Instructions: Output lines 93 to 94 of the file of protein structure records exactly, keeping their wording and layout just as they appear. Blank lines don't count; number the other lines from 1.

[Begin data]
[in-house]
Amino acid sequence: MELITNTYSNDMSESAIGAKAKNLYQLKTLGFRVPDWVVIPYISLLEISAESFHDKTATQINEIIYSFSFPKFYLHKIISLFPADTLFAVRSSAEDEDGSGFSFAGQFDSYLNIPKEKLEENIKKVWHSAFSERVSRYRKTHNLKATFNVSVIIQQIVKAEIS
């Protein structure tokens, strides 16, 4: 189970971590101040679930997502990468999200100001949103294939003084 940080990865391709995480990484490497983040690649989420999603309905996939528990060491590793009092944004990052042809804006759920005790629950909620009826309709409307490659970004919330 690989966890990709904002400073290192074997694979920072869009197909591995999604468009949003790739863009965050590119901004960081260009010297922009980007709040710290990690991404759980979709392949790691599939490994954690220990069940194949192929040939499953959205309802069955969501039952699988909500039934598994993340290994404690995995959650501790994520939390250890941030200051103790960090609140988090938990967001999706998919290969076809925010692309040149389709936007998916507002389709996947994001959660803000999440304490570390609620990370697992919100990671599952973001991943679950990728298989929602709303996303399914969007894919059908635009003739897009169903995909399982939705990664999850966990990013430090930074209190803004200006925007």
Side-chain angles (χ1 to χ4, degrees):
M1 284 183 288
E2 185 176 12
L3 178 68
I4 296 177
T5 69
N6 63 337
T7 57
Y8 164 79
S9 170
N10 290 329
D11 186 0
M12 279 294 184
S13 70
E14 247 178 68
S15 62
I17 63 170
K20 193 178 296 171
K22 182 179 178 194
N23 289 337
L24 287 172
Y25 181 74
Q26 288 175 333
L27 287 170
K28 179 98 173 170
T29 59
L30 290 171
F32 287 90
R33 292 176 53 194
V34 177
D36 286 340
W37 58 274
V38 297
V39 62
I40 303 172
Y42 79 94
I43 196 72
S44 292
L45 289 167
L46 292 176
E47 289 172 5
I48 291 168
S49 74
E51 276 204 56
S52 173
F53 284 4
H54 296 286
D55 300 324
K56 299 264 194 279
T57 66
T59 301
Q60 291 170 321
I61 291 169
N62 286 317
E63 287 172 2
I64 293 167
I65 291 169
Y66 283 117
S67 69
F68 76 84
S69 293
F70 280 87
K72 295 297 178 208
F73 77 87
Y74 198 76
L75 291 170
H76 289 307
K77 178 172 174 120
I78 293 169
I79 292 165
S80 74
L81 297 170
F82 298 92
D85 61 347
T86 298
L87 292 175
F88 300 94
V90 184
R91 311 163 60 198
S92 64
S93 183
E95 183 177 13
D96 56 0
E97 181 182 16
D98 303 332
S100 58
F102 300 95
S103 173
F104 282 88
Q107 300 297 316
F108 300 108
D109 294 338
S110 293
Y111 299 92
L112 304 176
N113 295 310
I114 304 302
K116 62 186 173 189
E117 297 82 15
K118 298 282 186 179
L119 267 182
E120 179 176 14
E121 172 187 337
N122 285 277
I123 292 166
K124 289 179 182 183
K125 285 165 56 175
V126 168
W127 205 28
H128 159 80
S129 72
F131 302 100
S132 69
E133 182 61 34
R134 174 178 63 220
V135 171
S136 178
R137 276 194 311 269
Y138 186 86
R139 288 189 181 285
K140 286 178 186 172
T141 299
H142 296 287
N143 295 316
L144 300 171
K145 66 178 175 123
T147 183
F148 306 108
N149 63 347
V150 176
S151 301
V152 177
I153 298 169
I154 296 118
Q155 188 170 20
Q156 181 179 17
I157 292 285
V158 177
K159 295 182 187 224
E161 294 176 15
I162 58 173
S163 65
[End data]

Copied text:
Q107 300 297 316
F108 300 108